Is Raspberry Pi the future for low-cost embedded display technology?
24 July 2017
For modern displays, it’s vital to be able to intelligently network them. Smart devices need a ‘brain’; usually, this will be a microcontroller.
This article originally appeared in the August 2017 issue of Electronic Product Design & Test; to view the digital edition, click here.
Many Asian manufacturers produce these on a large scale, with new models being released all the time.
Finding a controller isn’t the problem, but for small to medium businesses with low volume requirements, it can be difficult to access the support and custom solution that is often required. Richard Murton, managing director at Display Technology, discusses an alternative approach.
Traditionally, embedded systems utilise industrial single board computers. Although many options are available, there is little scope to customise in low to medium volumes. And as processor technology continues to become more powerful, it introduces complexity when often the industrial application simply does not require this level of performance. With increased complexity, other negative factors come into play, including heat generation (demanding greater cooling) and reliability concerns.
A potential solution is Raspberry Pi, originallly conceived as an experimental and educational board. The CM3 (Compute Module 3) is the latest version of this popular platform, integrating Pi technology into an embedded DDR2 SODIMM module. With enough power to run even demanding applications, the CM3 also has guaranteed availability of six years, backwards-compatibility with its predecessors, plus support for Windows 10 IoT and Android Things. A key advantage of Raspberry Pi applications is exceptional community support: with its OpenSource software, resolutions are available for almost every problem.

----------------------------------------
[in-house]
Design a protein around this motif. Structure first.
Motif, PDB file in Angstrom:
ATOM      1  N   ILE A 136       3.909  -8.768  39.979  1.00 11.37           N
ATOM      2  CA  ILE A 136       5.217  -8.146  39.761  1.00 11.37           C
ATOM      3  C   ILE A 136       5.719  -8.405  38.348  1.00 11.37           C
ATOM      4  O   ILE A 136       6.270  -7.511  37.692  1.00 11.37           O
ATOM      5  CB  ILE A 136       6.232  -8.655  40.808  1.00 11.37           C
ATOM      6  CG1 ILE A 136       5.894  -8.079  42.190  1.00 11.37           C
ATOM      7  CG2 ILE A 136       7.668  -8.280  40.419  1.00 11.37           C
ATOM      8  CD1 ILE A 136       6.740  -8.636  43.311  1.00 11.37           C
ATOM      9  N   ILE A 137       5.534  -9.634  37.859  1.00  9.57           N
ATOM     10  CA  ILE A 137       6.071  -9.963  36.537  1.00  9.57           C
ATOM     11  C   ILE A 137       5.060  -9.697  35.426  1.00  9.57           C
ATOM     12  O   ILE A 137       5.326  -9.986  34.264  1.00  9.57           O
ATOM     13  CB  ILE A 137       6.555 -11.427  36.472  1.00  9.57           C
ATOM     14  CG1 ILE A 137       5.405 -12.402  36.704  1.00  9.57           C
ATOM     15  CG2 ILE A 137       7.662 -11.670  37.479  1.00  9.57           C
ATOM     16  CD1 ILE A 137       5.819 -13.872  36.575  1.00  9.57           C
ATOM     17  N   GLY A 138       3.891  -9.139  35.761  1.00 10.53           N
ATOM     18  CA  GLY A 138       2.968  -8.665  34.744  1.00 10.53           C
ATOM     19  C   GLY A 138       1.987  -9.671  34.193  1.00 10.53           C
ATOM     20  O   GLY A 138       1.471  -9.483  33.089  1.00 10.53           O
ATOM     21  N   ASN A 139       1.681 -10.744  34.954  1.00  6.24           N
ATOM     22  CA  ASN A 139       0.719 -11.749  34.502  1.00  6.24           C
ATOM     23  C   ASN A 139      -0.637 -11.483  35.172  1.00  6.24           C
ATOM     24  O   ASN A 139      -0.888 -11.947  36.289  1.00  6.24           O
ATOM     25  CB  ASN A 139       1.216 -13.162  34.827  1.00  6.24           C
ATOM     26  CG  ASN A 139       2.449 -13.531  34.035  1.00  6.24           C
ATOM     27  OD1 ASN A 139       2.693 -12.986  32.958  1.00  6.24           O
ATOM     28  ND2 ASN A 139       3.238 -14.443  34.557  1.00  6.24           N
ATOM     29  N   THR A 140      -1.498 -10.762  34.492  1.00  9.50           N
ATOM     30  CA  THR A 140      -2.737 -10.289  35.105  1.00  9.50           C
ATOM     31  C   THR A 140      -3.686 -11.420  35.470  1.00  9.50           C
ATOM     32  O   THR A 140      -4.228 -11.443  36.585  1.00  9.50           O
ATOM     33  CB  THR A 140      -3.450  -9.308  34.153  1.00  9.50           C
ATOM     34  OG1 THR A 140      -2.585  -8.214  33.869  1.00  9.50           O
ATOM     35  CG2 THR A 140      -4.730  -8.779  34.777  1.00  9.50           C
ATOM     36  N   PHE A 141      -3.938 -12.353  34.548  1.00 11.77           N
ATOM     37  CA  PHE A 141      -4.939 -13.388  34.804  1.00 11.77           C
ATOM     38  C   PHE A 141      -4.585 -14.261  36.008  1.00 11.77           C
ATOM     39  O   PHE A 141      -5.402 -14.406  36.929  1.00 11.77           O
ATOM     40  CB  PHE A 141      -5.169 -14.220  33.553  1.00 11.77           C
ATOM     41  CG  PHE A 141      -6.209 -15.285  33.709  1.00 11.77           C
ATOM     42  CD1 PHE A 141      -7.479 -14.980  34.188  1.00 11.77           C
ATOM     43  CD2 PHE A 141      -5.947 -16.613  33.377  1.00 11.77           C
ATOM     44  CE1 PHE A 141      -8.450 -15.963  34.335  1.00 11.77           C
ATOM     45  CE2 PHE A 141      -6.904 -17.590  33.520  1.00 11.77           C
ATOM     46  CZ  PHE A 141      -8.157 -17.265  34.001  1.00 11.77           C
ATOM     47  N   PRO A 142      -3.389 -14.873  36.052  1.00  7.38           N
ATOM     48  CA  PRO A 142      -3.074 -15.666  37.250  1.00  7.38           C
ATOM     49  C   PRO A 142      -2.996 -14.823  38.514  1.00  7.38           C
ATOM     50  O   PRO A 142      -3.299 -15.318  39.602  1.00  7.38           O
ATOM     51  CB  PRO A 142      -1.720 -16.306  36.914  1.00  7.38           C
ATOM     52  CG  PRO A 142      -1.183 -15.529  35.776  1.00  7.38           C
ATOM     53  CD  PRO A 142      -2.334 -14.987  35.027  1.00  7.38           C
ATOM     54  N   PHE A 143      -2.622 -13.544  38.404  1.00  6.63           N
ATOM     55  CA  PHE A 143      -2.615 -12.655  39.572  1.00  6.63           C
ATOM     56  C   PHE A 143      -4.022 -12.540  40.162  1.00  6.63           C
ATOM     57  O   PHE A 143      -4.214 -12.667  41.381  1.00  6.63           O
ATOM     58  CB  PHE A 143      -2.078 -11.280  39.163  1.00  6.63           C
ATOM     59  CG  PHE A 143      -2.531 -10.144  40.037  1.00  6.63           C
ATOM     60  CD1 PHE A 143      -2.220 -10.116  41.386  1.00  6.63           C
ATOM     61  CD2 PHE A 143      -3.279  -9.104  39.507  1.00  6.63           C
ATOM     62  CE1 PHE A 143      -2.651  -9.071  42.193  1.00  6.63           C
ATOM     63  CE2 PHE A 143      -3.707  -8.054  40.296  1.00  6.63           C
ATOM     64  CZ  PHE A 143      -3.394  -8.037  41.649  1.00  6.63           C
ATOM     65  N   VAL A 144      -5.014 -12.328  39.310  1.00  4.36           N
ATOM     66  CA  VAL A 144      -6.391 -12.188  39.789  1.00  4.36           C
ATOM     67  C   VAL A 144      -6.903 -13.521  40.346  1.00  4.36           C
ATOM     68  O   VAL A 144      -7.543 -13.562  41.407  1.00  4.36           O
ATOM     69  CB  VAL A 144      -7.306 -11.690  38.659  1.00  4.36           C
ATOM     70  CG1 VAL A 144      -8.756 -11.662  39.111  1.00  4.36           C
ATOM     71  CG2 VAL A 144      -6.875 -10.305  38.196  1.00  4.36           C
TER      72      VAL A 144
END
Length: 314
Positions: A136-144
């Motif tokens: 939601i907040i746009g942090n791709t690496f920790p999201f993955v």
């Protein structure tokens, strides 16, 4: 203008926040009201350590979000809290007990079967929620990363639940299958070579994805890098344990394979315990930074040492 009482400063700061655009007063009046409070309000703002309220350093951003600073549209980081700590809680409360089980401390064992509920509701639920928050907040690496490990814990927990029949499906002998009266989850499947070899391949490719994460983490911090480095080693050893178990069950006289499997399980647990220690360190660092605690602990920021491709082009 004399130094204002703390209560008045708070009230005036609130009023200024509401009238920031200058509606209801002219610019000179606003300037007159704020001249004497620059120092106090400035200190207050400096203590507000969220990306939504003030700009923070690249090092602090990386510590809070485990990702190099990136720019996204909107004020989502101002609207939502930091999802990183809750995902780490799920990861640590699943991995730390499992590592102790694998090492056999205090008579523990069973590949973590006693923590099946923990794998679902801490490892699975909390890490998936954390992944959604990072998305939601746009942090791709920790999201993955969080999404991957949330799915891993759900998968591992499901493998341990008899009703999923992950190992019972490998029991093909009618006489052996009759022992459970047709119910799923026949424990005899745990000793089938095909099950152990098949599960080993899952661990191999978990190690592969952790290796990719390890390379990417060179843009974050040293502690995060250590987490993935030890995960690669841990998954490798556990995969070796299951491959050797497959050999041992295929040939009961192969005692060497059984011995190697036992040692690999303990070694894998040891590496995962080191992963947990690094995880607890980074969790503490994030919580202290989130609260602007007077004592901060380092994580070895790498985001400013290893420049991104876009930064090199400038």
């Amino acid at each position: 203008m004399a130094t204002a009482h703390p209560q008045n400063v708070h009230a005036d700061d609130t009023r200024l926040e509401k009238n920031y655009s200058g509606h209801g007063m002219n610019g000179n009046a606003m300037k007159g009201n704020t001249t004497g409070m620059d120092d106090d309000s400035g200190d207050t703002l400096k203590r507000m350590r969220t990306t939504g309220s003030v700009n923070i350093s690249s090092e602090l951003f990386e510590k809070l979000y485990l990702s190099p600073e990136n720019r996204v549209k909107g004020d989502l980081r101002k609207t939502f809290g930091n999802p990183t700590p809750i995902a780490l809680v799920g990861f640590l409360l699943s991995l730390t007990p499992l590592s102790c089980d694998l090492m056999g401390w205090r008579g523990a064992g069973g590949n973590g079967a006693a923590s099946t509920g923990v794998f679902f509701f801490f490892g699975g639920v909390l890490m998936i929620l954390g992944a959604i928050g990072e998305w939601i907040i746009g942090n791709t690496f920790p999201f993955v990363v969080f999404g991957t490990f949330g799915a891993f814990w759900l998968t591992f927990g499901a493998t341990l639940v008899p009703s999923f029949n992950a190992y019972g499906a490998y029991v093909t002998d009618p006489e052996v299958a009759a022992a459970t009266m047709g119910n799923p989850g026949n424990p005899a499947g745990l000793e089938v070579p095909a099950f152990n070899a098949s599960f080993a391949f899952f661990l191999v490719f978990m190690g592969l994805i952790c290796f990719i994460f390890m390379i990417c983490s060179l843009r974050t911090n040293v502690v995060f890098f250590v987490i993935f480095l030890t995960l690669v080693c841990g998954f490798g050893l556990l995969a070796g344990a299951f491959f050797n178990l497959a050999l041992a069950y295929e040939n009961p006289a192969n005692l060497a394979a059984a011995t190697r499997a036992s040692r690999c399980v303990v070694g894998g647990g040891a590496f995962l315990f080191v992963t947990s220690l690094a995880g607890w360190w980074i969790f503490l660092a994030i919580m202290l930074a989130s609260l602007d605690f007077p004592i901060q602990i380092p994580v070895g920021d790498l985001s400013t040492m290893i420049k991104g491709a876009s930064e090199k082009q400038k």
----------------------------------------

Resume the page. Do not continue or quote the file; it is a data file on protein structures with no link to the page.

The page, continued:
The CM3 can also be plugged into a BaseBoard, similar to a RAM memory module. Eliminating cable mess, this makes it easier to develop your own platform. Smart solutions are available off the shelf, including a DICOM preset for medical applications, colour calibrations, gamma corrections and more.
The LCD backlight can either be controlled directly using an on-screen display or automatically via an ambient light sensor. Since its creation, Raspberry Pi has continued to improve and provides small to medium businesses with easier opportunities to take advantage of the Internet of Things (IoT).
Based around the new CM3, Display Technology have designed the Artista IoT BaseBoard, offering unique control solutions for many applications. Designed for industrial applications, Artista IoT connects nearly all common TFT displays without the need for additional hardware, supporting modern PCAP multi-touch. The TFT controller is not only reliable, but offers long-term availability.
The powerful processor and fully-fledged scaler chip make it a good choice for solutions in the industrial, medical and digital signage sectors. Its ability to work without an expensive PC – and therefore license costs – make it an extremely cost-effective option.
The board offers maximum flexibility with IO, including Ethernet, I2C, GPIOs, UART and USB, and can be integrated into your own display (using an aluminium box on the rear) or combined with an open-frame chassis to meet exact mounting requirements. The Artista IoT Starter Kit includes a BaseBoard, CM3, a bright 10.1” IPS display with multi-touch PCAP, and all required cables. Also included is a programming adaptor and configuration software. Pre-installed Raspbian enables easy set-up, with the support of a large community.
The possibilities offered by the Raspberry Pi platform have far exceeded the originally conceived product. It provides small and medium businesses with powerful capabilities to enhance their projects, whilst also remaining affordable. The question that now remains is: how much further can this technology be developed in the future?
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